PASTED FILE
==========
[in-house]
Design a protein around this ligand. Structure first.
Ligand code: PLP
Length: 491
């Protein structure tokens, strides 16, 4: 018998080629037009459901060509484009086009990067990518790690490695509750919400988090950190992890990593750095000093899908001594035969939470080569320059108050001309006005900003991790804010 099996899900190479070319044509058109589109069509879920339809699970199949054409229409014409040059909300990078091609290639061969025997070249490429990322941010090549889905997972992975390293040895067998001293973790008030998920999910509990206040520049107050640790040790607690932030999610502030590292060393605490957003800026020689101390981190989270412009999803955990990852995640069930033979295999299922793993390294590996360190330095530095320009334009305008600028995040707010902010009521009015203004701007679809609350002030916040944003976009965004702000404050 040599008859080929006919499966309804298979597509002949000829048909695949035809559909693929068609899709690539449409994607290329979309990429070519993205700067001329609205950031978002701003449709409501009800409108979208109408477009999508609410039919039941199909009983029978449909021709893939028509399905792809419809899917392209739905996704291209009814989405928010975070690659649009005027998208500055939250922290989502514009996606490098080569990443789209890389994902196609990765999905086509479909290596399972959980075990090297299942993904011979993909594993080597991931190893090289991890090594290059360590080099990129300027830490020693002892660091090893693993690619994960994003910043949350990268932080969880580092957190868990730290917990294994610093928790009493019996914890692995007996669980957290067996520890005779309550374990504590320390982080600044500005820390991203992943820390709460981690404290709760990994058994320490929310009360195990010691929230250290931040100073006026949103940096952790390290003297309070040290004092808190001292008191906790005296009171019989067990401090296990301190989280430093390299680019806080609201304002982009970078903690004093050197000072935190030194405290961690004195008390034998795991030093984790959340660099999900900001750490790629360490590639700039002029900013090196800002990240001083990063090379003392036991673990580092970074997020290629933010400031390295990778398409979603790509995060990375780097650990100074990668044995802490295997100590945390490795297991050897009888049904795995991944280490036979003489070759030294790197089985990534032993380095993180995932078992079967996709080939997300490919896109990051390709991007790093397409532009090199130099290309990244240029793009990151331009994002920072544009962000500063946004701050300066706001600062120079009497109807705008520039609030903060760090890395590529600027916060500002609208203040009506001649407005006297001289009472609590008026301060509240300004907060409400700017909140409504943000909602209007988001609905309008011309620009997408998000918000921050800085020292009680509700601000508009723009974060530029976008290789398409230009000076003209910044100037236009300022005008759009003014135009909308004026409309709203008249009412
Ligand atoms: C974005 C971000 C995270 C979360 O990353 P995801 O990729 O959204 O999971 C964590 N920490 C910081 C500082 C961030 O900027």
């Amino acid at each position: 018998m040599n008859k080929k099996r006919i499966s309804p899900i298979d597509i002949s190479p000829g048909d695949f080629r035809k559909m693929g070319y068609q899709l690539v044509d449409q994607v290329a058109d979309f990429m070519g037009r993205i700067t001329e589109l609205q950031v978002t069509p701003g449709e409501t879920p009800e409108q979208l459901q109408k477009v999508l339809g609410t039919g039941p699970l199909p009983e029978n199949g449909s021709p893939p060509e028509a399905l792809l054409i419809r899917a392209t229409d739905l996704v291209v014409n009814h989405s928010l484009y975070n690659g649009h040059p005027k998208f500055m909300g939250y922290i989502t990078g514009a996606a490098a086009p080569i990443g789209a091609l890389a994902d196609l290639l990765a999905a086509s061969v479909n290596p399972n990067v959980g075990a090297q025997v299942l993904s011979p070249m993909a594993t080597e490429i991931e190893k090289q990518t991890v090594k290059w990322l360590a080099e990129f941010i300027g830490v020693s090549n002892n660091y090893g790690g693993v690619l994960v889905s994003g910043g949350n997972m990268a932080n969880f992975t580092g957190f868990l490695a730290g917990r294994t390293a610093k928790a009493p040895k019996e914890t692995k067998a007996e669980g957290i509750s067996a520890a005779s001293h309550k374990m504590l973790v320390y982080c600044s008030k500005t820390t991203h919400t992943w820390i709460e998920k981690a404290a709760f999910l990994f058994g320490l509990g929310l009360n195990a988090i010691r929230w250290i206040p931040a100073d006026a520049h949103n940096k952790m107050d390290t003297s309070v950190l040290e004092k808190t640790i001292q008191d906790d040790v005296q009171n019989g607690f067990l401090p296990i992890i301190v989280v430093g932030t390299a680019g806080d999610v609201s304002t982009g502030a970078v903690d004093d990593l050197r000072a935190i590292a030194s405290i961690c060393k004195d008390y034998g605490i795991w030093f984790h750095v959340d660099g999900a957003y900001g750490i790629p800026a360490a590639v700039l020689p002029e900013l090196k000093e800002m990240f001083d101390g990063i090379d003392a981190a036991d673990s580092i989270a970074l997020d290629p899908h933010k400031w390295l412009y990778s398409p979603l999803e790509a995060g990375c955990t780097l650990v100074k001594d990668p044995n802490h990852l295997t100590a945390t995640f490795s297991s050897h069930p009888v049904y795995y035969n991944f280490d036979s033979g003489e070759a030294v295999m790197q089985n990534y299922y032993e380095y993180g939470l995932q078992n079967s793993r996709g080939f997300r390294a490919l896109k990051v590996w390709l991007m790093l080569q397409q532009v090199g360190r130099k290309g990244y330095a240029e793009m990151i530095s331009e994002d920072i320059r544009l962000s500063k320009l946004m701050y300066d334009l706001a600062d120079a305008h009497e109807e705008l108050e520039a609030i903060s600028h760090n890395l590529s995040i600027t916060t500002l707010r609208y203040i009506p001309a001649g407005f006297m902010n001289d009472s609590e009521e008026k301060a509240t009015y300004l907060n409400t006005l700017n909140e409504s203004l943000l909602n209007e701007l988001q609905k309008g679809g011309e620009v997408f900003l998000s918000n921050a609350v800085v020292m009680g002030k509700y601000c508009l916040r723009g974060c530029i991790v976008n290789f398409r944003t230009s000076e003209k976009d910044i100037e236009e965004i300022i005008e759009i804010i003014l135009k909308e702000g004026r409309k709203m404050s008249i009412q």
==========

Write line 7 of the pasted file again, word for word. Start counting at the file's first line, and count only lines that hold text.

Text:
């Amino acid at each position: 018998m040599n008859k080929k099996r006919i499966s309804p899900i298979d597509i002949s190479p000829g048909d695949f080629r035809k559909m693929g070319y068609q899709l690539v044509d449409q994607v290329a058109d979309f990429m070519g037009r993205i700067t001329e589109l609205q950031v978002t069509p701003g449709e409501t879920p009800e409108q979208l459901q109408k477009v999508l339809g609410t039919g039941p699970l199909p009983e029978n199949g449909s021709p893939p060509e028509a399905l792809l054409i419809r899917a392209t229409d739905l996704v291209v014409n009814h989405s928010l484009y975070n690659g649009h040059p005027k998208f500055m909300g939250y922290i989502t990078g514009a996606a490098a086009p080569i990443g789209a091609l890389a994902d196609l290639l990765a999905a086509s061969v479909n290596p399972n990067v959980g075990a090297q025997v299942l993904s011979p070249m993909a594993t080597e490429i991931e190893k090289q990518t991890v090594k290059w990322l360590a080099e990129f941010i300027g830490v020693s090549n002892n660091y090893g790690g693993v690619l994960v889905s994003g910043g949350n997972m990268a932080n969880f992975t580092g957190f868990l490695a730290g917990r294994t390293a610093k928790a009493p040895k019996e914890t692995k067998a007996e669980g957290i509750s067996a520890a005779s001293h309550k374990m504590l973790v320390y982080c600044s008030k500005t820390t991203h919400t992943w820390i709460e998920k981690a404290a709760f999910l990994f058994g320490l509990g929310l009360n195990a988090i010691r929230w250290i206040p931040a100073d006026a520049h949103n940096k952790m107050d390290t003297s309070v950190l040290e004092k808190t640790i001292q008191d906790d040790v005296q009171n019989g607690f067990l401090p296990i992890i301190v989280v430093g932030t390299a680019g806080d999610v609201s304002t982009g502030a970078v903690d004093d990593l050197r000072a935190i590292a030194s405290i961690c060393k004195d008390y034998g605490i795991w030093f984790h750095v959340d660099g999900a957003y900001g750490i790629p800026a360490a590639v700039l020689p002029e900013l090196k000093e800002m990240f001083d101390g990063i090379d003392a981190a036991d673990s580092i989270a970074l997020d290629p899908h933010k400031w390295l412009y990778s398409p979603l999803e790509a995060g990375c955990t780097l650990v100074k001594d990668p044995n802490h990852l295997t100590a945390t995640f490795s297991s050897h069930p009888v049904y795995y035969n991944f280490d036979s033979g003489e070759a030294v295999m790197q089985n990534y299922y032993e380095y993180g939470l995932q078992n079967s793993r996709g080939f997300r390294a490919l896109k990051v590996w390709l991007m790093l080569q397409q532009v090199g360190r130099k290309g990244y330095a240029e793009m990151i530095s331009e994002d920072i320059r544009l962000s500063k320009l946004m701050y300066d334009l706001a600062d120079a305008h009497e109807e705008l108050e520039a609030i903060s600028h760090n890395l590529s995040i600027t916060t500002l707010r609208y203040i009506p001309a001649g407005f006297m902010n001289d009472s609590e009521e008026k301060a509240t009015y300004l907060n409400t006005l700017n909140e409504s203004l943000l909602n209007e701007l988001q609905k309008g679809g011309e620009v997408f900003l998000s918000n921050a609350v800085v020292m009680g002030k509700y601000c508009l916040r723009g974060c530029i991790v976008n290789f398409r944003t230009s000076e003209k976009d910044i100037e236009e965004i300022i005008e759009i804010i003014l135009k909308e702000g004026r409309k709203m404050s008249i009412q």